The role models I never had

Role models matter. We look up to them. We want to be like them. Growing up, though, I didn’t really have any.

During lockdown, I’m rewatching a lot of TV shows from my youth. It’s noticeable how few of the leading characters are anything other than white, male and straight.

Women got pretty short shrift. Laverne and Shirley, Cagney and Lacey, Juliet Bravo and The Gentle Touch stood out because their female protagonists were so rare.

Even then, all of these leading ladies were white.

Black characters on TV and in film were mostly either villains or jive-talking stereotypes. Starsky and Hutch‘s Huggy Bear, say, or The A-Team‘s B A Baracus. I’m struggling to remember a black lead character on mainstream TV before the mid-1980s, The Cosby Show and Miami Vice.

As for Oriental characters, these pretty much fell into one of three stereotypes: martial artists (Bruce Lee), mobsters and villains (Oddjob, countless police procedurals) or takeaway owners. And even when the hero of a TV series – Kung Fu – was a Shaolin monk, he was played by a white American actor, David Carradine.

As for LGBTQ+ characters, that was a complete non-starter.

It was the same in so many other walks of life too. Top sportspeople tended to be white – at least, the ones with big celebrity profiles were. Politics was a bastion of white maleness. Ditto business.

Where were my role models?

As a result, growing up as a Malaysian-Chinese, I didn’t have any heroes from my culture. At the time, the thought never really occurred to me. It was just how things were.

I was racking my brains recently for an Oriental role model other than Bruce Lee. The best I managed was an obscure BBC police drama from the early 1980s called The Chinese Detective.

I recall this caused quite a stir in the Chinese community because it was a unique occurrence. I also remember that the show did tackle issues such as racism and discrimination too. Pretty ground-breaking stuff for the time.

However, one Oriental lead is a pretty scant return from my childhood, isn’t it?

Better representation means more role models for everyone

While we’re a long way from true equality – as the Black Lives Matter movement has so recently illustrated – things have improved between my childhood and my kids’. As progressive as Friends was in other ways, there is no way today you would commission an ensemble show comprising six white heterosexual leads. Although I remain cynical that casting calls for shows often represent something of a box-ticking exercise. Got to have the black character, and the gay one, and …

Having said that, it no longer raises an eyebrow to see a same-sex couple in a soap. That made front-page headlines when EastEnders did it in the late 1980s. Batwoman is openly gay. Supergirl is a female-led show which includes both gay and transsexual characters. It even devoted an entire season arc to addressing the topical issue of discrimination against (alien) immigrants and refugees.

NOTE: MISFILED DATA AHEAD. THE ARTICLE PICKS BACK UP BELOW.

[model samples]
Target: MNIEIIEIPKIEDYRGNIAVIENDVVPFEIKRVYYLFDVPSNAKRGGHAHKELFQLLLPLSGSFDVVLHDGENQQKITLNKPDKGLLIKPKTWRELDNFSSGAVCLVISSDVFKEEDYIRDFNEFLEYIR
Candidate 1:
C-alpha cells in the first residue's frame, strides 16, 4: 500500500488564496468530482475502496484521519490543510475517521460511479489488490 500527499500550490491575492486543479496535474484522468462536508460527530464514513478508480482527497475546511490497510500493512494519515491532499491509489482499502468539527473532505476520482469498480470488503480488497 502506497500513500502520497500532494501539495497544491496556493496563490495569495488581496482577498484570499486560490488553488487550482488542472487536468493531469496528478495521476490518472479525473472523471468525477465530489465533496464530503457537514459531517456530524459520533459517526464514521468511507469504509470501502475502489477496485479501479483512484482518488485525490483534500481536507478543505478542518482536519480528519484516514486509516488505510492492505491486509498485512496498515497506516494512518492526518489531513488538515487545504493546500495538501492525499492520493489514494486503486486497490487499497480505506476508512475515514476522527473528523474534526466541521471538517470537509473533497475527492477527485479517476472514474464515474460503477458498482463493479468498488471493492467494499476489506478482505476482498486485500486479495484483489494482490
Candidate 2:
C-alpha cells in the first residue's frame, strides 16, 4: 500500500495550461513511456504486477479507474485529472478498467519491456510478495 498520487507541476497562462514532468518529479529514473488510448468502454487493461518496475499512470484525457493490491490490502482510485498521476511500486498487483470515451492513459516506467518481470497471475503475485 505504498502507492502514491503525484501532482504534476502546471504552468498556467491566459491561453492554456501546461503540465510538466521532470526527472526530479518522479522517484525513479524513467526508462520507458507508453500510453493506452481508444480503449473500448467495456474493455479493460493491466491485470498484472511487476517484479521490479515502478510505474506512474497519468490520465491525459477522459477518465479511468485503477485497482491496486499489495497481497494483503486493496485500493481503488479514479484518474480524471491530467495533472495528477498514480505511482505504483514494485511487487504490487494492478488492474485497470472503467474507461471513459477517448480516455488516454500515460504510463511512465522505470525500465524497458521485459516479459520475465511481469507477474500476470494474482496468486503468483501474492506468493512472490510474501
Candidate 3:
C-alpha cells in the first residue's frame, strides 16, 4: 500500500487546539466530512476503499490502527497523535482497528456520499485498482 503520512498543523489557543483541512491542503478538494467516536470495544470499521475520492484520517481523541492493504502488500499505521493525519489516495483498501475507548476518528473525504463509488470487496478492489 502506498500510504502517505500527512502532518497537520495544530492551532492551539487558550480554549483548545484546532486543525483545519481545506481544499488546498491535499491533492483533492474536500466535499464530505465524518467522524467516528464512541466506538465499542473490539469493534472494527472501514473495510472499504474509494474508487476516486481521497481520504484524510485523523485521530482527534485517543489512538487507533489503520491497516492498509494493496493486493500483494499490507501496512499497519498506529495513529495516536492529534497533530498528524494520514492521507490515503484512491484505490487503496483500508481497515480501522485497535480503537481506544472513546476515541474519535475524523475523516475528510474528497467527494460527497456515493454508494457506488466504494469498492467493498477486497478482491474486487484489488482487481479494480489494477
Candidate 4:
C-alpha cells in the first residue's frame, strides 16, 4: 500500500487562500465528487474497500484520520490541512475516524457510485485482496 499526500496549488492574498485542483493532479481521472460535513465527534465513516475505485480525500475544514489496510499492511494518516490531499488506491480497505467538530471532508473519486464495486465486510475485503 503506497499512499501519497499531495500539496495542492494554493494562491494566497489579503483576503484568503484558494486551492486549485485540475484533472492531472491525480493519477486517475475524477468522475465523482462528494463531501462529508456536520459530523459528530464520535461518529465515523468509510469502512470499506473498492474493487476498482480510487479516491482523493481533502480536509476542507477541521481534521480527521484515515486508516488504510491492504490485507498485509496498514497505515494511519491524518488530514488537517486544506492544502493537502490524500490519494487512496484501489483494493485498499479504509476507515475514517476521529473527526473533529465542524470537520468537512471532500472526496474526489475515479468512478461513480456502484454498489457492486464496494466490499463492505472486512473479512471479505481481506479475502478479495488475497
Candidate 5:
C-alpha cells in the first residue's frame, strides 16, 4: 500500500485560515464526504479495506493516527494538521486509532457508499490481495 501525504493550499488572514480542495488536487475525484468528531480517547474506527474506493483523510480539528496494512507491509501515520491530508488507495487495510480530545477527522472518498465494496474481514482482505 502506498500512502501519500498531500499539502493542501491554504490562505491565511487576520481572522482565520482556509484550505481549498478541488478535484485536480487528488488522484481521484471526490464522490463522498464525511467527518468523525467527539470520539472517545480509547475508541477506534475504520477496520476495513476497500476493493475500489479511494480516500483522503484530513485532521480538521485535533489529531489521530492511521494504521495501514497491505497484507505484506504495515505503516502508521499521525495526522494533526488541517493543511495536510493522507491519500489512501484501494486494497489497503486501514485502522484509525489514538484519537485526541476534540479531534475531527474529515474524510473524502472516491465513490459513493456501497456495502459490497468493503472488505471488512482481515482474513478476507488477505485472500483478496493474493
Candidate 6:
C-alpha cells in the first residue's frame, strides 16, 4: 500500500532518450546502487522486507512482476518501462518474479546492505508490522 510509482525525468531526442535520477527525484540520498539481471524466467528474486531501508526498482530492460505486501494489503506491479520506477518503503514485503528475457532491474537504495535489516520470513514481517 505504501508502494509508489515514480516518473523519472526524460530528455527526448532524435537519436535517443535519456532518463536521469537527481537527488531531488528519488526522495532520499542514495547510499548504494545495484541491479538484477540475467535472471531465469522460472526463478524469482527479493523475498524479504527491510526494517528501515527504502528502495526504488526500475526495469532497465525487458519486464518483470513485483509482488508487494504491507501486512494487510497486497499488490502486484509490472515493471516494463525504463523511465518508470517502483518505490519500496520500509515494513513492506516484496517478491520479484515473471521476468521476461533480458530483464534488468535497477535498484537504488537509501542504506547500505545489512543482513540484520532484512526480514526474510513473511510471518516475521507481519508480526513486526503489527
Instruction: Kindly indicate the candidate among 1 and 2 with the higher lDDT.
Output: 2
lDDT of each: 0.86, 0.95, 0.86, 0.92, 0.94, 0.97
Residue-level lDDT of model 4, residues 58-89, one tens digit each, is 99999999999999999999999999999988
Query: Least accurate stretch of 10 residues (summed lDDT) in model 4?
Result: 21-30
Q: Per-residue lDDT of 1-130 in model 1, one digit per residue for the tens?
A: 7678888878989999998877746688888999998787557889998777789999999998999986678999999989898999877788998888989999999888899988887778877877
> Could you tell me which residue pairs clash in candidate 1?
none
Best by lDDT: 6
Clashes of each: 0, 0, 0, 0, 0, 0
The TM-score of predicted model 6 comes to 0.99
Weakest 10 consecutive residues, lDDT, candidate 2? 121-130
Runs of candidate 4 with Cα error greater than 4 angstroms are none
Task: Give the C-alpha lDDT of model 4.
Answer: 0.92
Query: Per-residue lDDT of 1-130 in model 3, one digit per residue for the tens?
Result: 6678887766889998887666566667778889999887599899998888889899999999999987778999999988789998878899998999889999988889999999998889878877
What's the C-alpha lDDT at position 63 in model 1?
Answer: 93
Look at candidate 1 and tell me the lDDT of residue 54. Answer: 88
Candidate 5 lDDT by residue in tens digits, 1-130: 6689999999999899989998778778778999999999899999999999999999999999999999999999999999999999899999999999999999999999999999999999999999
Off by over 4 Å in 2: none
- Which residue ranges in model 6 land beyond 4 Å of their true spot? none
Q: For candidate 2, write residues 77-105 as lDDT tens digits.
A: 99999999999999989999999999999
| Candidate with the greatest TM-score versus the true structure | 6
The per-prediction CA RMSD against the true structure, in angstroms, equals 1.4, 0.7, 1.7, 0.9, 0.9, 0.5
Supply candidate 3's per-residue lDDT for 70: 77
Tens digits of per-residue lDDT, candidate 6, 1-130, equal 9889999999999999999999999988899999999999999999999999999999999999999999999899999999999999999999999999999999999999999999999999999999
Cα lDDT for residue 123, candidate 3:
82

Brooklyn Nine-Nine, one of my favourite comedies, is particularly noteworthy here. Its ensemble includes not one but two black characters. There are two Latinos. And two who are LGBTQ+. This enables those characters to be defined by more than the box they tick. Raymond Holt is a police captain who happens to be gay, as opposed to being the gay police captain. Amy Santaigo is defined more by her OCD personality than her ethnic background. And so on. They even did a story – yes, an episode of a comedy show – that focussed on how one of the team became a victim of racial profiling.

The bottom line is this: it now jars if a show doesn’t have a representative, multi-ethnic, diverse cast. This is a good thing. There remains a long way to go – as the Me Too movement showed – but we have definitely made progress.

What our kids see

Our kids are thoroughly modern. They don’t label people by their skin colour. But they are hyper-aware of the importance of equality and non-discrimination in their world, far more so than I ever was at their age. They can watch two men kissing on TV and regard it as perfectly normal. We can discuss why Black Panther was such a culturally significant film. Kara can (and does) treat Mulan as a role model because she ethnically identifies with her. I still wish she had more Oriental role models, but at least she has plenty of female ones to look up to in a way girls of my generation didn’t.

Maybe one day we’ll get to the point where every minority group is appropriately represented in entertainment, sport, business and every other field a child might aspire to excel in. Maybe our grandchildren will be spoilt for choice when it comes to finding role models they can relate to. Wouldn’t that be great?


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